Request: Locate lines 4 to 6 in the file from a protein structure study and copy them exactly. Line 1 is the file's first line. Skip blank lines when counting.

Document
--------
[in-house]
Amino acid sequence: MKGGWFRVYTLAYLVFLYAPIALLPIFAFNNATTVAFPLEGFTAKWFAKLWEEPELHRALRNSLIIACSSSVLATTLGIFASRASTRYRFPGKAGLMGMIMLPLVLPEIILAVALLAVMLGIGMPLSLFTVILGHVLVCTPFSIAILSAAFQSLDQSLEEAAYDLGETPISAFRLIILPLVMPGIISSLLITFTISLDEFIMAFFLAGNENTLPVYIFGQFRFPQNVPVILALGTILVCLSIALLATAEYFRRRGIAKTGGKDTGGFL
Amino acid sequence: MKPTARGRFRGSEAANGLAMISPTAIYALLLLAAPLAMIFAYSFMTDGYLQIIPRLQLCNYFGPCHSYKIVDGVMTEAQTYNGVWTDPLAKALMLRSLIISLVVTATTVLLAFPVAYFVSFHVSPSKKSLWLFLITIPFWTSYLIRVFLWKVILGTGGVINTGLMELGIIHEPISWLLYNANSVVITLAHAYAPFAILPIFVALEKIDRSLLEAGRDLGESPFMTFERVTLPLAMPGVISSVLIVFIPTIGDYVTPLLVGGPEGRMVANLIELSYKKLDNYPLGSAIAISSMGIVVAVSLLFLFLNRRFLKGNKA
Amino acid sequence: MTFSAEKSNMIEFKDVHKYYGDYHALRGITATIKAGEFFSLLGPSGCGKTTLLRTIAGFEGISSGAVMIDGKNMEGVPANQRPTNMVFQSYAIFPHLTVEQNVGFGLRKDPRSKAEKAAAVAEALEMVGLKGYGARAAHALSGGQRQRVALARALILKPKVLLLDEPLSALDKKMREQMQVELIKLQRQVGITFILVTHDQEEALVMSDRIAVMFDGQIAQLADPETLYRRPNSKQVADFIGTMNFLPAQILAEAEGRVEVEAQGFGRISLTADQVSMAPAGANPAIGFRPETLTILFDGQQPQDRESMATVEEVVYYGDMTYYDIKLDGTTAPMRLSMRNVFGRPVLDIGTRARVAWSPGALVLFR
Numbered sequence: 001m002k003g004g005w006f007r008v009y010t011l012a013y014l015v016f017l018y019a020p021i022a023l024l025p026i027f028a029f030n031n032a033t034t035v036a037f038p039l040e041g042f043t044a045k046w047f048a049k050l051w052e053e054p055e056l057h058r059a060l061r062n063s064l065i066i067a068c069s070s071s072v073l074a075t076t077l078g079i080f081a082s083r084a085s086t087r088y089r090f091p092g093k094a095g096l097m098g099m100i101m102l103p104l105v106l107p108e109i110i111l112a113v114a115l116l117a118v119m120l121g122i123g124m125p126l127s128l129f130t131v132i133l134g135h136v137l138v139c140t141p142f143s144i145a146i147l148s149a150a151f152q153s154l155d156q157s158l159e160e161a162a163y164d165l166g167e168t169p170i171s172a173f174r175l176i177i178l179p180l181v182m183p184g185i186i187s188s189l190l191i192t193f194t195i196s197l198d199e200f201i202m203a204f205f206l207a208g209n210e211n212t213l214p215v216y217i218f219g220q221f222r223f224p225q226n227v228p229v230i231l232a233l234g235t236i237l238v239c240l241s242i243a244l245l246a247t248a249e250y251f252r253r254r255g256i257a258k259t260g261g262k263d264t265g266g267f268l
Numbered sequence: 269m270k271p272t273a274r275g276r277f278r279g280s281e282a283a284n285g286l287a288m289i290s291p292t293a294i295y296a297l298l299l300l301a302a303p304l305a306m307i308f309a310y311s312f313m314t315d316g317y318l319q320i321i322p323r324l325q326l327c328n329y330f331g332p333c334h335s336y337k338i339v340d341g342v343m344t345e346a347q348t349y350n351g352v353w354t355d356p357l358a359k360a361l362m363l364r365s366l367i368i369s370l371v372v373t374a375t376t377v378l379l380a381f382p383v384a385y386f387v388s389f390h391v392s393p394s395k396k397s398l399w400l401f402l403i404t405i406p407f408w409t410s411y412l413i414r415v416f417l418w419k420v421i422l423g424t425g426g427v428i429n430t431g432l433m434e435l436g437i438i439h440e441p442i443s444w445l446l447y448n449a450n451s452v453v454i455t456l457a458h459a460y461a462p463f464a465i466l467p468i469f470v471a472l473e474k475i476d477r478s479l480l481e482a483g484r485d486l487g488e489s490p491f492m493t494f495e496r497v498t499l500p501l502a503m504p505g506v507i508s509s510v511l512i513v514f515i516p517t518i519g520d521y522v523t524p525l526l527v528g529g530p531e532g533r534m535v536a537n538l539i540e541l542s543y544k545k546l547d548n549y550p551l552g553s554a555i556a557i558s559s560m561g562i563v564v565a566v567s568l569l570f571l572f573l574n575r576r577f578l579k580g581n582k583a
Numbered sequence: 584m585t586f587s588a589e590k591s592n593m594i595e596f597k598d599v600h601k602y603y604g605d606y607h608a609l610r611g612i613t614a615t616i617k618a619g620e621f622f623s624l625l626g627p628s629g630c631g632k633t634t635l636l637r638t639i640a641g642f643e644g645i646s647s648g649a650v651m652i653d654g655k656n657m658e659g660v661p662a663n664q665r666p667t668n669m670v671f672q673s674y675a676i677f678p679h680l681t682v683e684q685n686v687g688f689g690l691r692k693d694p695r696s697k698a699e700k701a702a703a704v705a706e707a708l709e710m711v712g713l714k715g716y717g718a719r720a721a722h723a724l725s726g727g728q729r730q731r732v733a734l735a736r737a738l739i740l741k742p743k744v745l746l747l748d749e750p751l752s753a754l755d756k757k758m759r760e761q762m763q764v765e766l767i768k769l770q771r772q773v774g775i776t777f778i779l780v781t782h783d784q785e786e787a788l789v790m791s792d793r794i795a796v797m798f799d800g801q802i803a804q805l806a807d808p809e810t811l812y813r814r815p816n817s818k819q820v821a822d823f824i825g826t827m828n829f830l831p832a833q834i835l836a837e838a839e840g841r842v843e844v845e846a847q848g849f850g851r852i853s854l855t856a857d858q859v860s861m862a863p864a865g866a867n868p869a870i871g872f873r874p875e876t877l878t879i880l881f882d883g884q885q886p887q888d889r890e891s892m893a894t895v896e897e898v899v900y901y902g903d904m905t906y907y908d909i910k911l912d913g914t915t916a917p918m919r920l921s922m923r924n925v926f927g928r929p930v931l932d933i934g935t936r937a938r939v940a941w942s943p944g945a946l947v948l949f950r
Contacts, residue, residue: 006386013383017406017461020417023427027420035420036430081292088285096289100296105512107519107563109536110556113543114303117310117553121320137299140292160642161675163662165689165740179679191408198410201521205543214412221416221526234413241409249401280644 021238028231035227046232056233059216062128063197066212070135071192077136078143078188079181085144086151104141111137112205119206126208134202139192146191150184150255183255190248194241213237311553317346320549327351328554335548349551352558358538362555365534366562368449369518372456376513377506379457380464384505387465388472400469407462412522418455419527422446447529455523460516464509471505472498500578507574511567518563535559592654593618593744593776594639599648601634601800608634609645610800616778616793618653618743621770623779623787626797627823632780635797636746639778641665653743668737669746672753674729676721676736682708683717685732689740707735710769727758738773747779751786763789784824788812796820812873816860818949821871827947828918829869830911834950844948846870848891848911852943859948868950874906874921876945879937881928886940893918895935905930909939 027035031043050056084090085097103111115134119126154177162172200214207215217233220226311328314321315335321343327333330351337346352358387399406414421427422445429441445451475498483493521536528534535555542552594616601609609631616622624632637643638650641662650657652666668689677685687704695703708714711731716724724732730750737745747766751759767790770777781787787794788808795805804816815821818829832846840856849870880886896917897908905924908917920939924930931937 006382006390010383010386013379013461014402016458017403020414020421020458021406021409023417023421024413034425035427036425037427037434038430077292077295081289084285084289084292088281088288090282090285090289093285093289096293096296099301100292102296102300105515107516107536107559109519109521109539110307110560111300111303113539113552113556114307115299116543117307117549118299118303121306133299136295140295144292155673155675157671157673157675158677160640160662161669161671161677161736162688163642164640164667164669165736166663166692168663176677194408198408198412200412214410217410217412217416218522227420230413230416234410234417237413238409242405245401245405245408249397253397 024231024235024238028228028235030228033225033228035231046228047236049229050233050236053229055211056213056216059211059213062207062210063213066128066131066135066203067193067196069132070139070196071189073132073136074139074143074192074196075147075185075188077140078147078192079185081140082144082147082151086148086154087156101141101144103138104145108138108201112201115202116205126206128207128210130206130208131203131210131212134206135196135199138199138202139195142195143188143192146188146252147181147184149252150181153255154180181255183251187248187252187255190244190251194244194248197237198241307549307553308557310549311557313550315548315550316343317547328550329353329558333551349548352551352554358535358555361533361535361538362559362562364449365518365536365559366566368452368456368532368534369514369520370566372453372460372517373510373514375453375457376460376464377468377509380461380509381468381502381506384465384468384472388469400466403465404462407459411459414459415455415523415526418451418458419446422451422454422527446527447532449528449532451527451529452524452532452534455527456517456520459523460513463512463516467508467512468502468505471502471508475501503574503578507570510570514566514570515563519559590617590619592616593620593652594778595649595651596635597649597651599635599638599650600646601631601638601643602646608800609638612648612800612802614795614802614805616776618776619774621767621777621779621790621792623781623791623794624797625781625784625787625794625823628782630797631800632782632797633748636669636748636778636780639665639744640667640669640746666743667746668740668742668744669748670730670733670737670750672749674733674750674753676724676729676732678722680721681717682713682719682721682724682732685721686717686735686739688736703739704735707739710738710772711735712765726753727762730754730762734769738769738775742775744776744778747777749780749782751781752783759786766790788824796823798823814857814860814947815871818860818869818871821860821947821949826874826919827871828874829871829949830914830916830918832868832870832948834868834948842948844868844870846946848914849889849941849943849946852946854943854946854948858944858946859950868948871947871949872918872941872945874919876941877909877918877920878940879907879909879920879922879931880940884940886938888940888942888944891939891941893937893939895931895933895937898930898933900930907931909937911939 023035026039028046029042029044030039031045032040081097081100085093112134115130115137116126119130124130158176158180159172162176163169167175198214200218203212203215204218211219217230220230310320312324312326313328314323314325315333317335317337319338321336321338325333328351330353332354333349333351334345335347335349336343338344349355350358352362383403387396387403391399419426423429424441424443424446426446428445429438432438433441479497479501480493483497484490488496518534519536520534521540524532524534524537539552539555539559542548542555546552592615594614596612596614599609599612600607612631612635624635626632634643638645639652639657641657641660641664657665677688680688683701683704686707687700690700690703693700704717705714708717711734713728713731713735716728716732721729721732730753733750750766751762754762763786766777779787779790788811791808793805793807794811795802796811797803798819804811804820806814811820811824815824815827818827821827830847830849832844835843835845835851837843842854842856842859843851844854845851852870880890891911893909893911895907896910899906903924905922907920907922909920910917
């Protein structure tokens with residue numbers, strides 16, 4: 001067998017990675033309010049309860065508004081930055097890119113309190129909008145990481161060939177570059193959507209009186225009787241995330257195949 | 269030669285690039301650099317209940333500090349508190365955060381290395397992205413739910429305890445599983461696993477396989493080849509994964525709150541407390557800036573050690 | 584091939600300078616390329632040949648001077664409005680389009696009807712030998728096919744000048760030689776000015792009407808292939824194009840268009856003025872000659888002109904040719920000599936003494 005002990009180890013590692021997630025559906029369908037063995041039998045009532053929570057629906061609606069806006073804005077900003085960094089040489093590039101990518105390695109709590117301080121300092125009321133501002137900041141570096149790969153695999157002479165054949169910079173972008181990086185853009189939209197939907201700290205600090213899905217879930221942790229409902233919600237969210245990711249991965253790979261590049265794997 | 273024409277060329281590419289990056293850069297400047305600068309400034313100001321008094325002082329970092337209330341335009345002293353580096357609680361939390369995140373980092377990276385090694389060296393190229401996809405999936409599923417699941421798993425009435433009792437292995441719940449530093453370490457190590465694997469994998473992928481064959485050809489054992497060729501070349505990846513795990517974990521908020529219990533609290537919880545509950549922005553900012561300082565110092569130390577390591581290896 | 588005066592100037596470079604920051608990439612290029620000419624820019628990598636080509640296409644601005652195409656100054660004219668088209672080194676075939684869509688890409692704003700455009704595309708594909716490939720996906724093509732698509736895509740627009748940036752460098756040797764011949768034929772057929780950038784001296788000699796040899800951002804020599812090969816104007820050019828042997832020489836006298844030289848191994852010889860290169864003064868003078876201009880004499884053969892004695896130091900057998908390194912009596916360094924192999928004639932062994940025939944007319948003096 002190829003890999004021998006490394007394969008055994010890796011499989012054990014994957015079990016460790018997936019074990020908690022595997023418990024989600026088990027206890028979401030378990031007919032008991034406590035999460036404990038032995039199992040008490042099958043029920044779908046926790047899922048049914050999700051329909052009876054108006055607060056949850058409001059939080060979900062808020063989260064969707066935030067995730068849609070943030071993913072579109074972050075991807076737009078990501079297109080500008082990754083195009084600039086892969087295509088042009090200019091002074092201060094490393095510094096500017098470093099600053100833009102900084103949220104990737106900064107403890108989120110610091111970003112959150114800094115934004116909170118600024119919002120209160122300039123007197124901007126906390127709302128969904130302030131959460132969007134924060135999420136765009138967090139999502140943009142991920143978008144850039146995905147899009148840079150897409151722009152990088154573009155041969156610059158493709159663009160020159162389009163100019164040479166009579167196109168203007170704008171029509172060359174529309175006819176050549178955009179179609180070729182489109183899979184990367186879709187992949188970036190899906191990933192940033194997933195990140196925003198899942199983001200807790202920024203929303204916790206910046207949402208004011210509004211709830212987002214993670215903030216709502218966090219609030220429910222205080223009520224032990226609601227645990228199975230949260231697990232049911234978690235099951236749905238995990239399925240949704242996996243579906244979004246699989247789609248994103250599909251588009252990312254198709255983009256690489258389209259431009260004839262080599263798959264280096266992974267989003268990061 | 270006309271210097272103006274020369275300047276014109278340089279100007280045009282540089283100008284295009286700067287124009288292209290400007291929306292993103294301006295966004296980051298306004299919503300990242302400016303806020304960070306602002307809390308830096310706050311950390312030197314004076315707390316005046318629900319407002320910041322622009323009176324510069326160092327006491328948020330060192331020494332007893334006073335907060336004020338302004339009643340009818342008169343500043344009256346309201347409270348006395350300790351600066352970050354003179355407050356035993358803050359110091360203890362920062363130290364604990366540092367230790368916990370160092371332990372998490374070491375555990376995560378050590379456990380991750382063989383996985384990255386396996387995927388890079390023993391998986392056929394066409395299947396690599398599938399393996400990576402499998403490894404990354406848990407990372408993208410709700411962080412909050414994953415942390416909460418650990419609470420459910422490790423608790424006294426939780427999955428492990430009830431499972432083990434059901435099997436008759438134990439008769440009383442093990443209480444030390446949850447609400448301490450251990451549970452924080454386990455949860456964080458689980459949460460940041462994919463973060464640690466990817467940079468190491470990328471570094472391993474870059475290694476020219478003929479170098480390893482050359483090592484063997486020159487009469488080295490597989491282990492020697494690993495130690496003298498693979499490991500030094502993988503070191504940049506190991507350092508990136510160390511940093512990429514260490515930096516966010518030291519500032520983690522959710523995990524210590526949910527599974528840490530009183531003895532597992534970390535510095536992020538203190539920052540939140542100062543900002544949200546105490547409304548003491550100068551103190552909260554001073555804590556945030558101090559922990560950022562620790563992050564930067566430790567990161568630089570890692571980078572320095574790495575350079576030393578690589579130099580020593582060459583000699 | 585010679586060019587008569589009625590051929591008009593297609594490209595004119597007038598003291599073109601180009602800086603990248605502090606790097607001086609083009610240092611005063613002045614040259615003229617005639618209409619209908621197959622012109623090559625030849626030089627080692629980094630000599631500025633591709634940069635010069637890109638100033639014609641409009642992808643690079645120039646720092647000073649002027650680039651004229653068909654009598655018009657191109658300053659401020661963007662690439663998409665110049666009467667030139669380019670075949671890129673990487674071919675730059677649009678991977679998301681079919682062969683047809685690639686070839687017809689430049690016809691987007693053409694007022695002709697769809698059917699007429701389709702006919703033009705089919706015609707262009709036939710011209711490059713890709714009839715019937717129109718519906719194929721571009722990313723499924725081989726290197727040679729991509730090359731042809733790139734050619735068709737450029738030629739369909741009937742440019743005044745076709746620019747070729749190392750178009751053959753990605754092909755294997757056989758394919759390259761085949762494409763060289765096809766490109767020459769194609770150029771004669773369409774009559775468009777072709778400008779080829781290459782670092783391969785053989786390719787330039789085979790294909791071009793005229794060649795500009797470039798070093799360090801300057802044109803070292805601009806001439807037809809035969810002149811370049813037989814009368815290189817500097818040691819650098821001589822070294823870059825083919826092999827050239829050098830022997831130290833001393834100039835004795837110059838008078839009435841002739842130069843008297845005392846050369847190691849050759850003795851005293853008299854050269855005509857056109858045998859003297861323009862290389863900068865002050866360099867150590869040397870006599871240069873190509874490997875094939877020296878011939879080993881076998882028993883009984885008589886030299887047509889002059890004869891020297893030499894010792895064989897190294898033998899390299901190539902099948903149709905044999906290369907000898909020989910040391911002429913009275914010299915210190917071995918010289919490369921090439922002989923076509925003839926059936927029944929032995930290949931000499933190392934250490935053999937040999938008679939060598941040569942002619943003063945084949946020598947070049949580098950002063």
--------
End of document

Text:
Amino acid sequence: MTFSAEKSNMIEFKDVHKYYGDYHALRGITATIKAGEFFSLLGPSGCGKTTLLRTIAGFEGISSGAVMIDGKNMEGVPANQRPTNMVFQSYAIFPHLTVEQNVGFGLRKDPRSKAEKAAAVAEALEMVGLKGYGARAAHALSGGQRQRVALARALILKPKVLLLDEPLSALDKKMREQMQVELIKLQRQVGITFILVTHDQEEALVMSDRIAVMFDGQIAQLADPETLYRRPNSKQVADFIGTMNFLPAQILAEAEGRVEVEAQGFGRISLTADQVSMAPAGANPAIGFRPETLTILFDGQQPQDRESMATVEEVVYYGDMTYYDIKLDGTTAPMRLSMRNVFGRPVLDIGTRARVAWSPGALVLFR
Numbered sequence: 001m002k003g004g005w006f007r008v009y010t011l012a013y014l015v016f017l018y019a020p021i022a023l024l025p026i027f028a029f030n031n032a033t034t035v036a037f038p039l040e041g042f043t044a045k046w047f048a049k050l051w052e053e054p055e056l057h058r059a060l061r062n063s064l065i066i067a068c069s070s071s072v073l074a075t076t077l078g079i080f081a082s083r084a085s086t087r088y089r090f091p092g093k094a095g096l097m098g099m100i101m102l103p104l105v106l107p108e109i110i111l112a113v114a115l116l117a118v119m120l121g122i123g124m125p126l127s128l129f130t131v132i133l134g135h136v137l138v139c140t141p142f143s144i145a146i147l148s149a150a151f152q153s154l155d156q157s158l159e160e161a162a163y164d165l166g167e168t169p170i171s172a173f174r175l176i177i178l179p180l181v182m183p184g185i186i187s188s189l190l191i192t193f194t195i196s197l198d199e200f201i202m203a204f205f206l207a208g209n210e211n212t213l214p215v216y217i218f219g220q221f222r223f224p225q226n227v228p229v230i231l232a233l234g235t236i237l238v239c240l241s242i243a244l245l246a247t248a249e250y251f252r253r254r255g256i257a258k259t260g261g262k263d264t265g266g267f268l
Numbered sequence: 269m270k271p272t273a274r275g276r277f278r279g280s281e282a283a284n285g286l287a288m289i290s291p292t293a294i295y296a297l298l299l300l301a302a303p304l305a306m307i308f309a310y311s312f313m314t315d316g317y318l319q320i321i322p323r324l325q326l327c328n329y330f331g332p333c334h335s336y337k338i339v340d341g342v343m344t345e346a347q348t349y350n351g352v353w354t355d356p357l358a359k360a361l362m363l364r365s366l367i368i369s370l371v372v373t374a375t376t377v378l379l380a381f382p383v384a385y386f387v388s389f390h391v392s393p394s395k396k397s398l399w400l401f402l403i404t405i406p407f408w409t410s411y412l413i414r415v416f417l418w419k420v421i422l423g424t425g426g427v428i429n430t431g432l433m434e435l436g437i438i439h440e441p442i443s444w445l446l447y448n449a450n451s452v453v454i455t456l457a458h459a460y461a462p463f464a465i466l467p468i469f470v471a472l473e474k475i476d477r478s479l480l481e482a483g484r485d486l487g488e489s490p491f492m493t494f495e496r497v498t499l500p501l502a503m504p505g506v507i508s509s510v511l512i513v514f515i516p517t518i519g520d521y522v523t524p525l526l527v528g529g530p531e532g533r534m535v536a537n538l539i540e541l542s543y544k545k546l547d548n549y550p551l552g553s554a555i556a557i558s559s560m561g562i563v564v565a566v567s568l569l570f571l572f573l574n575r576r577f578l579k580g581n582k583a